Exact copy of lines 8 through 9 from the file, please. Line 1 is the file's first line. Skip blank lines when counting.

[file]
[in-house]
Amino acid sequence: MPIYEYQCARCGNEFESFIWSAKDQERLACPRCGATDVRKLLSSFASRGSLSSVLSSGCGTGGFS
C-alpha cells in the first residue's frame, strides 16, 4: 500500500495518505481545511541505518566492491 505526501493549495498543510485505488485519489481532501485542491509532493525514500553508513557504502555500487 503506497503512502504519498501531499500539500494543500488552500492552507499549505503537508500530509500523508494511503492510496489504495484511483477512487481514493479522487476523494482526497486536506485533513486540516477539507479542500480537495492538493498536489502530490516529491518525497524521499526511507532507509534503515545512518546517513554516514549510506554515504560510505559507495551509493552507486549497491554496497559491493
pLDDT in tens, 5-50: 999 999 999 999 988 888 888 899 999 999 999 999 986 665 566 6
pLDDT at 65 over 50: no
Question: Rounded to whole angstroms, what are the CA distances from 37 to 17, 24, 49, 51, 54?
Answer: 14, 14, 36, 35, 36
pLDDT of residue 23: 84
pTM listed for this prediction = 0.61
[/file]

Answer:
pLDDT of residue 23: 84
pTM listed for this prediction = 0.61